12. Wondering how i could keep my gear true to their colors? I am planning on buying this gear right here, (https://www.rockymountainatvmc.com/p/1590/77640/ONeal-Racing-Mayhem-Lite-Blocker-Split-Jersey?c=382) and am already seeing it the yellow/white will be brown after 1 ride/wash in the machine. I currently have a turquoise jersey and after 5 rides its got brown spots, etc all over it and looks like crap after paying $35 for it. I use tide detergent only with washing instructions from the tag, no bleach or "degreaser cleaner" of any sorts added. (Just a note that "might help" is that I don't ride track but instead woods riding where the mud is thick and like concrete when it dries.) If anyone has any gear cleaning techniques that could get my gear looking better after rides so it lasts longer, i would appreciate it. Thanks.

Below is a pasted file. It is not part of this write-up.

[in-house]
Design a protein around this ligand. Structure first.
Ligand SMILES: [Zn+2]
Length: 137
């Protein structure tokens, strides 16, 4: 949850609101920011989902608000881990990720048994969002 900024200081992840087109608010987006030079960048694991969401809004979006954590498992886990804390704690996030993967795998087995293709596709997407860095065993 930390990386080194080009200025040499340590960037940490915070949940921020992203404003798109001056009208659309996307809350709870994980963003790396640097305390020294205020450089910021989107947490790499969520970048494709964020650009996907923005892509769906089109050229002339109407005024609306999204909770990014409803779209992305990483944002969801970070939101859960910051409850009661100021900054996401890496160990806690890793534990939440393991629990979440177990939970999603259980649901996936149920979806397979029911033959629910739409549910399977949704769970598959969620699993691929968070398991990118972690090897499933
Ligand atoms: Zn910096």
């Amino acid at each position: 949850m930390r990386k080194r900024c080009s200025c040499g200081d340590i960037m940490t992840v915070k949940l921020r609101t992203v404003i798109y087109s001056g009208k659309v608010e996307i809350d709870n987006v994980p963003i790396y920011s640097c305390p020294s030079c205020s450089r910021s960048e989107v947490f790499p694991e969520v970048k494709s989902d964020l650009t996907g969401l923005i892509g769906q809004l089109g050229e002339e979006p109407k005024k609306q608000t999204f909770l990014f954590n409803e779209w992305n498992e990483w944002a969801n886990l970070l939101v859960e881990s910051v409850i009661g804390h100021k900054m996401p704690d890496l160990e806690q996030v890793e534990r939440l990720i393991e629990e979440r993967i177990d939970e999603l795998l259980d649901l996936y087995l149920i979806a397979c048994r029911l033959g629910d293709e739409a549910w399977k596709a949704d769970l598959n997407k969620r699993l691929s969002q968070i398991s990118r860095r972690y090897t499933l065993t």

13. So I purchased an engine off a classified site and brought it home. Took it apart and here I stand haha. So I understand how it all works together for the most part. However I would like to take the head apart a little further for some deep cleaning. I can’t seem to figure out how to take the cam shaft and valves out. Also what does everyone recommend to use for cleaning the carbon off the head and valves? I’ve been using carb clean but it isn’t working real well. I’ll be replacing the cylinder and the piston. They’re worn and scraped and in my opinion just need replacing. I’ll post some pictures so you guys can see what I’m dealing with.
  14. Guys, Pulled the bike out of storage and runs, but is acting up a little. 1. Hard to start 2. Won't idle without choke until it's very warm. 3. Throttle lingers on release - so RPMS stay up. And if I adjust the idle higher, this becomes VERY noticable. 4. Lurching forward slightly. I figure it's time to clean the carb. Now, I've done carb cleans on Honda's, but this is my first KTM. Anyone have any how-to videos (Model specific). Searching YouTube and it looks like nobody has done one for this specific model... or least none that I can find. Any tips are greatly appreciated.